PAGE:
In 2006, Planet Earth, the British television series produced by the BBC Natural History Unit “has changed our view of the world”. It was the first nature documentary series filmed in high definition. It took five years in the making and it was the most expensive nature documentary series ever commissioned by the BBC. Now, ten years later, in February 2016, the BBC announced a six-part sequel had been commissioned, titled Planet Earth II. In October 2016, BBC released the new series’ trailer.
Planet Earth II is narrated by Sir David Attenborough, the English broadcaster and naturalist. He is best known for writing and presenting the nine Life series, in conjunction with the BBC Natural History Unit, which collectively forms a comprehensive survey of animal and plant life on the planet. He is also a former senior manager at the BBC, having served as controller of BBC Two and director of programming for BBC Television in the 1960s and 1970s. He is the only person to have won BAFTAs (British Academy of Film and Television Arts) for programmes in each of black and white, color, HD, and 3D.
The documentary also features an original score by Hans Zimmer, the German composer and record producer. Since the 1980s, he has composed music for over 150 films. His works include The Lion King, for which he won Academy Award for Best Original Score in 1994, the Pirates of the Caribbean series, The Thin Red Line, Gladiator, The Last Samurai, The Dark Knight Trilogy, Inception, and Interstellar.
The first Planet Earth, which has eleven episodes, each of which features a global overview of a different biome or habitat on Earth, premiered on 5 March 2006 in the United Kingdom on BBC One, and by June 2007 had been shown in 130 countries.
During its American broadcast run, Planet Earth reached more than 100 million viewers in total and became “the most watched cable event of all time”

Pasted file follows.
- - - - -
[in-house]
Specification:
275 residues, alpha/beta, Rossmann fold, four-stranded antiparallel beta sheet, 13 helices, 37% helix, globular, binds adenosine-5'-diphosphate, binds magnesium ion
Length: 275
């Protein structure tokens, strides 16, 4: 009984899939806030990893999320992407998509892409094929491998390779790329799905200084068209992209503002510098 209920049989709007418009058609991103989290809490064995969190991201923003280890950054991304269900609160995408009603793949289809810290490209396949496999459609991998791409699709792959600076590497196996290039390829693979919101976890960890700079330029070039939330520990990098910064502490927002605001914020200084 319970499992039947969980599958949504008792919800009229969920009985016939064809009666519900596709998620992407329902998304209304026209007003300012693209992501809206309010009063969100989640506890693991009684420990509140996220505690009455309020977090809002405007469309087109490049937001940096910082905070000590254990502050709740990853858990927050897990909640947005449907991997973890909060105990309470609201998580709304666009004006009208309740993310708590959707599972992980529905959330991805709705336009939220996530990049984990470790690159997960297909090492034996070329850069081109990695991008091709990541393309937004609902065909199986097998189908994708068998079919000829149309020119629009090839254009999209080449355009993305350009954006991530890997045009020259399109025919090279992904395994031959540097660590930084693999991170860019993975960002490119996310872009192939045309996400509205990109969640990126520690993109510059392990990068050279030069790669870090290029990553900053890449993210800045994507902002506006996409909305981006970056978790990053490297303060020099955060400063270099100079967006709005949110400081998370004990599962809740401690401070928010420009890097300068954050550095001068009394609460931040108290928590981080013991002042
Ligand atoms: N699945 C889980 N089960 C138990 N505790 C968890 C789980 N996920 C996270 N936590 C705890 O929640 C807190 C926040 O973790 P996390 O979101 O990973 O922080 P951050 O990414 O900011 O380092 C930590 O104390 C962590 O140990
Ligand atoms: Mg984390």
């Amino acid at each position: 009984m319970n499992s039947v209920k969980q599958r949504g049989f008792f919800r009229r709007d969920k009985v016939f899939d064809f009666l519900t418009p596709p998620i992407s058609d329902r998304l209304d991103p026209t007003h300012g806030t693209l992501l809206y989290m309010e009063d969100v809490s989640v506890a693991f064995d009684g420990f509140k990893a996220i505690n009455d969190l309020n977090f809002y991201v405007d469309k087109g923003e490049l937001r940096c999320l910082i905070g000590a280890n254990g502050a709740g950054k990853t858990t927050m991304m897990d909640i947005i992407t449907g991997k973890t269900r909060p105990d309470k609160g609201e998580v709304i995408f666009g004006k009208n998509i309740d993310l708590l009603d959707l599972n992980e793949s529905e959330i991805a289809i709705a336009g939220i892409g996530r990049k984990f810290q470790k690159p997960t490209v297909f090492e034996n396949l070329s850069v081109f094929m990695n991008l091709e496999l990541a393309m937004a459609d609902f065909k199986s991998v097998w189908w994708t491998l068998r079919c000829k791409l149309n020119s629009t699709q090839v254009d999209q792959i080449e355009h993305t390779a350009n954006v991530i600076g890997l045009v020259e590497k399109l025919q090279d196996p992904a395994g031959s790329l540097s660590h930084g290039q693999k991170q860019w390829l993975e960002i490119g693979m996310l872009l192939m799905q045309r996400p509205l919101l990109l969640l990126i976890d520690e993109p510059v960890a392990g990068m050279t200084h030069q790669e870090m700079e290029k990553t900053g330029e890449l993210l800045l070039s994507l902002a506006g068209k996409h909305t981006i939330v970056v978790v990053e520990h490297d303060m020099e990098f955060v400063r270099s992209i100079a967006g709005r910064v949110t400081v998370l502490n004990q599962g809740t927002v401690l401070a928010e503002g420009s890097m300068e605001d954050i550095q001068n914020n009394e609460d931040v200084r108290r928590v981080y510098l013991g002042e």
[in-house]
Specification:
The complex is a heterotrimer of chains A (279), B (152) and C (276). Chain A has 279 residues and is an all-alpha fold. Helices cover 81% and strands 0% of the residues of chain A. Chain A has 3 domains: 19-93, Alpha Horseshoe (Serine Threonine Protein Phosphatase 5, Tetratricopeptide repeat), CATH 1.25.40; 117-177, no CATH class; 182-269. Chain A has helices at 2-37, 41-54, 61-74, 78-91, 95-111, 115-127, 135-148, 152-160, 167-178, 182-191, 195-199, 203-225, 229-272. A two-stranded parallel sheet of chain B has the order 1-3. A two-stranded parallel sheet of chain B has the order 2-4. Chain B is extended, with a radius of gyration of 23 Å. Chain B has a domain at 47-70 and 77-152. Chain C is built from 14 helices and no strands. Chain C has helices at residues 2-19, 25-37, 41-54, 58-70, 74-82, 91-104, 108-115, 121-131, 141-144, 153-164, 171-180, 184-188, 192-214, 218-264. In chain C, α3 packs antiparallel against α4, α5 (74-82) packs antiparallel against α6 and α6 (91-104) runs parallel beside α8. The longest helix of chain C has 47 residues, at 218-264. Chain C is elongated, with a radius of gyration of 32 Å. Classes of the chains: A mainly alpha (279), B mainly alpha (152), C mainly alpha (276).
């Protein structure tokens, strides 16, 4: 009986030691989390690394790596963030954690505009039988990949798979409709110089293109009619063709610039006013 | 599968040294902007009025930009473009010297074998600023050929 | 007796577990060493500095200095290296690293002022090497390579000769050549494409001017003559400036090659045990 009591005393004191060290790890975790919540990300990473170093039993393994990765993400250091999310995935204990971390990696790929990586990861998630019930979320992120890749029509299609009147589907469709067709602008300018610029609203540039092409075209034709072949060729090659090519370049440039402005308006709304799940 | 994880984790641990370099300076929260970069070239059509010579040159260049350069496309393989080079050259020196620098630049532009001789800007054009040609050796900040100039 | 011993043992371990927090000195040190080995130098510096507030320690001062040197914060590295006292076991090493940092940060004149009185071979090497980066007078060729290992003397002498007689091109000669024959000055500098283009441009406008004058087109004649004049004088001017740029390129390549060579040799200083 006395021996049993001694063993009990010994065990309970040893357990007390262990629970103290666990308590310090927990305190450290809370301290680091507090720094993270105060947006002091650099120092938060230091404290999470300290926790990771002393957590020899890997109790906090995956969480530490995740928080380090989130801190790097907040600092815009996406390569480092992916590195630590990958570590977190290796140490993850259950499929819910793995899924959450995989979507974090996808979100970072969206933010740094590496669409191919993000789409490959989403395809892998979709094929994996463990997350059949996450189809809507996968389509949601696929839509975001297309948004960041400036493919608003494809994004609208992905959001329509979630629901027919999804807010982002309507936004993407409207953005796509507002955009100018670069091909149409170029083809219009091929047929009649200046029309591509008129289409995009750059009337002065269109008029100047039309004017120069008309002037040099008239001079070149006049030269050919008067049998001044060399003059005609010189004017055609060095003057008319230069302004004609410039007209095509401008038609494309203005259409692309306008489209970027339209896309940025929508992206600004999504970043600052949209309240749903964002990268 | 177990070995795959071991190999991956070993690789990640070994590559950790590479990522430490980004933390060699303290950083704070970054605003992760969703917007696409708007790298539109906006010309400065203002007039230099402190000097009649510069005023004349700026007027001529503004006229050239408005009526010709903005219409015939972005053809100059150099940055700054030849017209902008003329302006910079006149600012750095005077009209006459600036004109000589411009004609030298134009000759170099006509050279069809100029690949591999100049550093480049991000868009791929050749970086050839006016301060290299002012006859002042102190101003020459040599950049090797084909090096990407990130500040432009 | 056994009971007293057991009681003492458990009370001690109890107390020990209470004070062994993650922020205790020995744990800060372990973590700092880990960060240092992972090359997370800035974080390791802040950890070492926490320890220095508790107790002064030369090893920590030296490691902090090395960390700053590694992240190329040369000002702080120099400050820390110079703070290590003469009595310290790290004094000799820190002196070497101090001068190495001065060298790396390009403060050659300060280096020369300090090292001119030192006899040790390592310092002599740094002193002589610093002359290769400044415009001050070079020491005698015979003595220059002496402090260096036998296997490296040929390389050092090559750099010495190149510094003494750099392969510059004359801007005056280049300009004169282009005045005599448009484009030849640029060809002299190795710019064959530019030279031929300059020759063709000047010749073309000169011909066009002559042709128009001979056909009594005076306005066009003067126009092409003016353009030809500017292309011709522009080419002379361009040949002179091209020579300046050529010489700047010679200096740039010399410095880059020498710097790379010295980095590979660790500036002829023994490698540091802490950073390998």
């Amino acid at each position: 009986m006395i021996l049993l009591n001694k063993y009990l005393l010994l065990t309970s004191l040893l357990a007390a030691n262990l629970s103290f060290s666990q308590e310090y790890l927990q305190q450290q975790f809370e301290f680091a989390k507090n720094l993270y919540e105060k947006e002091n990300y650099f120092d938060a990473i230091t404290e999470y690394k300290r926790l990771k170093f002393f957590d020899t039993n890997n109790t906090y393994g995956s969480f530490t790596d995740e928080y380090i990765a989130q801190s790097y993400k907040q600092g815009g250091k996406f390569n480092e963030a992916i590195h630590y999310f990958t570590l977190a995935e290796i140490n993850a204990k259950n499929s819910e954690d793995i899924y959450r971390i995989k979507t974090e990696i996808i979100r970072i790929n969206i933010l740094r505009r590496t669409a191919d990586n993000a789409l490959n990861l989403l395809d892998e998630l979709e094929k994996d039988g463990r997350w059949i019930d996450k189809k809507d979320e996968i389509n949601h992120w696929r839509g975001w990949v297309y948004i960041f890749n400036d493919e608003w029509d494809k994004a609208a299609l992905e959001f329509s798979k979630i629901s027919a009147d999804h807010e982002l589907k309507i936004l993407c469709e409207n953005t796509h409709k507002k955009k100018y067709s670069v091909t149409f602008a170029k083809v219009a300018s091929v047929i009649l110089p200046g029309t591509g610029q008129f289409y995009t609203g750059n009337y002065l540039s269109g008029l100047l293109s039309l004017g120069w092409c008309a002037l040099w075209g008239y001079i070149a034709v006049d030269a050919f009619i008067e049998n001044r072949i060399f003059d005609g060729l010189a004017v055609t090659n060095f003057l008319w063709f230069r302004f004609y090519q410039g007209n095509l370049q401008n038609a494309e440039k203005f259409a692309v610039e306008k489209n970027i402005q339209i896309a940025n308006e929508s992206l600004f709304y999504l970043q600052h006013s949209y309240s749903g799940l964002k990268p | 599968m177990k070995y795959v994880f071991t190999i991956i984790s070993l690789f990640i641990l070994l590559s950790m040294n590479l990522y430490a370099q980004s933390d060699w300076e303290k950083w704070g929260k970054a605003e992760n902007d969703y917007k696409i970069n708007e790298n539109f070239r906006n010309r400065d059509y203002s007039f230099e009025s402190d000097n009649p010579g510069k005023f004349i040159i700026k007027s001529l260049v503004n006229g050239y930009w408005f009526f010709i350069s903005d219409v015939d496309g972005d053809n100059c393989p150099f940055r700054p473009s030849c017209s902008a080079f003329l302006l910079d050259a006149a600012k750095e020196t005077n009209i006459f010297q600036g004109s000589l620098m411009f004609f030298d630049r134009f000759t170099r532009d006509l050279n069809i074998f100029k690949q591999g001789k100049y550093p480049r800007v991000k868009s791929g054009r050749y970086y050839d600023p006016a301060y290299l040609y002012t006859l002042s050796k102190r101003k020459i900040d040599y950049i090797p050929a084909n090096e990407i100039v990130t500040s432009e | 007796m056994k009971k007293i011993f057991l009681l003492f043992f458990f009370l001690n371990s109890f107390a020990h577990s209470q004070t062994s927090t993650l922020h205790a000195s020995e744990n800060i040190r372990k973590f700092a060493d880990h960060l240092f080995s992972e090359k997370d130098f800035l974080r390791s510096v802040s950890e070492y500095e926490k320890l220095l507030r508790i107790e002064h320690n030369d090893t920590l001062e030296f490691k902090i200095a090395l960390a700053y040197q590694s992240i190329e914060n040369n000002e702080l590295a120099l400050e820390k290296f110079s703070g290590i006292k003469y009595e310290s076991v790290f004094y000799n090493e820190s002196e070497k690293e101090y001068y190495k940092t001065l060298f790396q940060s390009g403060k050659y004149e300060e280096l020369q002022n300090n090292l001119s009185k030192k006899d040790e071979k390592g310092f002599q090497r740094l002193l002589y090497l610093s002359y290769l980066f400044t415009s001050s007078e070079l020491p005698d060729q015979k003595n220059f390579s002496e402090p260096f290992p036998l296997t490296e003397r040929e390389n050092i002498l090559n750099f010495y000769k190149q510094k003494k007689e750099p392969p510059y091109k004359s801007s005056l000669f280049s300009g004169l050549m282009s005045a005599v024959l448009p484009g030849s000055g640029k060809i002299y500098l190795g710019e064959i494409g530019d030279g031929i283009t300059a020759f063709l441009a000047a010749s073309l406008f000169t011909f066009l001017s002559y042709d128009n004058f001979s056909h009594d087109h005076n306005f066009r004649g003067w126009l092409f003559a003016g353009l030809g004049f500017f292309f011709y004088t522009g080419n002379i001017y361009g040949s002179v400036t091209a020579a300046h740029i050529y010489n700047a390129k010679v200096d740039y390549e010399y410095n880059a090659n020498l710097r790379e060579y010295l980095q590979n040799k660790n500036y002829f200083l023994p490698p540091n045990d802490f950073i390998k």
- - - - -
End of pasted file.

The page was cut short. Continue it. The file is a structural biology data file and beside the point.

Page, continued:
The first episode, Planet Earth: From Pole to Pole won the Science and Natural History award at the Royal Television Society Programme Awards in 2007. The RTS also awarded it a Judge’s Award and a Photography Award at its Craft and Design Awards. The series picked up two awards from the Broadcasting Press Guild for Best Documentary Series and Innovation in Broadcasting, and won Best Documentary Series at the 2007 Broadcast Awards.
At the 2007 BAFTA Television Awards, Planet Earth has been nominated in the Specialist Factual and Pioneer Audience Award categories, but lost out to Nuremberg: Goering’s Last Stand and Life on Mars respectively. It received three nominations at the BAFTA Television Craft Awards later the same year. George Fenton’s original score won him Soundtrack Composer of the Year at the 2007 Classical BRIT Awards. Planet Earth was also nominated for the NTA for the Most popular Factual program but lost to Top Gear (Supernanny and Bad Lad’s Army: Officer Class were also nominated).
Planet Earth was recognized by the American television industry, collecting the award for Nonfiction Series at the 59th Primetime Emmy Awards in September 2007 and winning a further three prizes in technical categories at the Creative Arts Emmy Awards. It also collected two awards from the Television Critics Association in Los Angeles in July 2007 and a Peabody Award in April 2008.
The series was also fêted at wildlife film festivals around the globe, collected multiple prizes at the Wildscreen Festival 2006, the International Wildlife Film Festival 2007 and the Jackson Hole Wildlife Film Festival 2007.